Monday, March 05, 2007

How Can Anyone Take Anne Coulter Seriously?

Last week Anne Coulter dragged her tired old bones onto another stage and released more shock-talk to keep her flickering zeitgeist alive. In her speech she referred to John Edwards as a "faggot." Nothing like thoughtful rhetoric to drive intelligent debate on the issues. Personally, I don't give a crap about anything Anne Coulter says. She's such a predictable, two-dimensional cartoon, like a caricature of herself. Why bother buying one of her books when you already know exactly what she's going to say on any topic? And frankly I'm not much more impressed with Edwards' attempt to use it as a springboard for a campaign contribution drive. But that's politics.

What struck me was how some news sources censored her comment as "fa**ot," or other variations. The F-word (or maybe the other F-word). The N-word. I'm beginning to detest these politically-correct euphemisms. I feel like Albus Dumbledore trying to convince people to say "Lord Voldemort" instead of "You Know Who." The problem with these niceties is that they focus the attention on the wrong problem. It's not about words or letters on a page. Slurs and epithets are the tip of the iceberg of bigotry. It's not the language used to denigrate minorities that's important. It's the underlying hatred and devaluation of individuals that has to be addressed. A "God hates fags" sign at the funeral of someone who has died of AIDS isn't an abomination because someone had the gall to use the word "fag." It's the assault on basic human dignity, the irrevocable right of every creature of God, that cries to the heavens for justice.

Just because we create a society where people are afraid to say "faggot" or "nigger" or "kike" or "beaner" doesn't mean we've made any real progress. That's nothing more than a sterile dressing to ease the minds and consciences of people too afraid to gaze upon the root of the problem. Don't sugarcoat the language used by bigots, because that only sugarcoats the ugliness bubbling beneath the surface, waiting to spew forth in a pus of violence and lynchings and gas chambers and every other atrocity catalogued in the sad history of humanity.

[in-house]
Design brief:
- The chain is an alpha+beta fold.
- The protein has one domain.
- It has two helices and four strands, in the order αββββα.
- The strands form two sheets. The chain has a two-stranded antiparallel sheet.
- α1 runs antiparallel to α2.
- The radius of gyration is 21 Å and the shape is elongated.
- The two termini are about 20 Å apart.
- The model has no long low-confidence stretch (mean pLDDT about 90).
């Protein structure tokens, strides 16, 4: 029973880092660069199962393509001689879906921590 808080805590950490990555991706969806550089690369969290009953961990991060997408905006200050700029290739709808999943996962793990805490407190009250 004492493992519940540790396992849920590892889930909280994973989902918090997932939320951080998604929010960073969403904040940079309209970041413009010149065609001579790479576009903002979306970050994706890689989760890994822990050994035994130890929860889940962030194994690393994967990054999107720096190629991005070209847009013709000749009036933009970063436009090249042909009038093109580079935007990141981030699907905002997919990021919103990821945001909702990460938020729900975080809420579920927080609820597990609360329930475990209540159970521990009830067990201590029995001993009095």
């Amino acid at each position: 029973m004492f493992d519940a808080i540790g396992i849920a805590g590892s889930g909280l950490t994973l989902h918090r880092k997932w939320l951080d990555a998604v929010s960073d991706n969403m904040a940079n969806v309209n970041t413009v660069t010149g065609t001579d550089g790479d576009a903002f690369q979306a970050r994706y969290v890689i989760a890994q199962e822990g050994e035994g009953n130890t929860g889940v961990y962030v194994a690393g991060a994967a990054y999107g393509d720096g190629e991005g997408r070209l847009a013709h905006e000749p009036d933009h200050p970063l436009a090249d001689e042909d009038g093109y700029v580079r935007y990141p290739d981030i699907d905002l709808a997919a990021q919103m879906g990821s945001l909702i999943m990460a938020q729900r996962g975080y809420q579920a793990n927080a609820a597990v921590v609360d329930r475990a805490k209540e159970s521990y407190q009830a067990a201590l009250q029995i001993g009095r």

On a personal note

Not so good on the alcohol front. "One more day, and then I'll stop tomorrow," continues to be my running mantra. It's kind of hard to explain, but my smoking and my drinking go hand in hand. (I never bother to smoke when I'm not getting drunk or high on drugs.) I usually smoke about half a pack of cigarettes each evening of debauch. I've even convinced myself to drink one more evening just to finish off the smokes I have left. This morning I tore up the cigarettes I had remaining in an effort to bulwark my resolve not to drink tonight. But after work I just bought more beer and another pack.

I've decided that I need to call in the assistance of my priest and my counselor to help break this cycle I'm in. I keep mentioning that "things have been going really well lately" and intending to elaborate in another entry. The short version is that I've finally found a medication that helps break depression's iron grip. It seems such a slap in the face to the grace that has entered my life to sabotage my future with my continuing bad habits. And yet I feel powerless to fight against it. I may have a lingering affection for my demons, but I will overcome them and find the path God planned for me.


At 11:06 AM, Anonymous Anonymous said...

Coulter is like Michael Moore: a juggling clown. Feel free to ignore her.

What's interesting, though, is that if you actually read her entire comment, you're making the same point she was trying to make. She wasn't calling Edwards a "faggot", she was making a joke that if she WERE to call him a "faggot", she would have to get psychological counseling, a joke on the absurdity of the Isaiah Washington/Grey's mess.

The basic point, I think, is what you're saying: why is the act of saying a word somehow more punishable than whatever connotation that word actually has?



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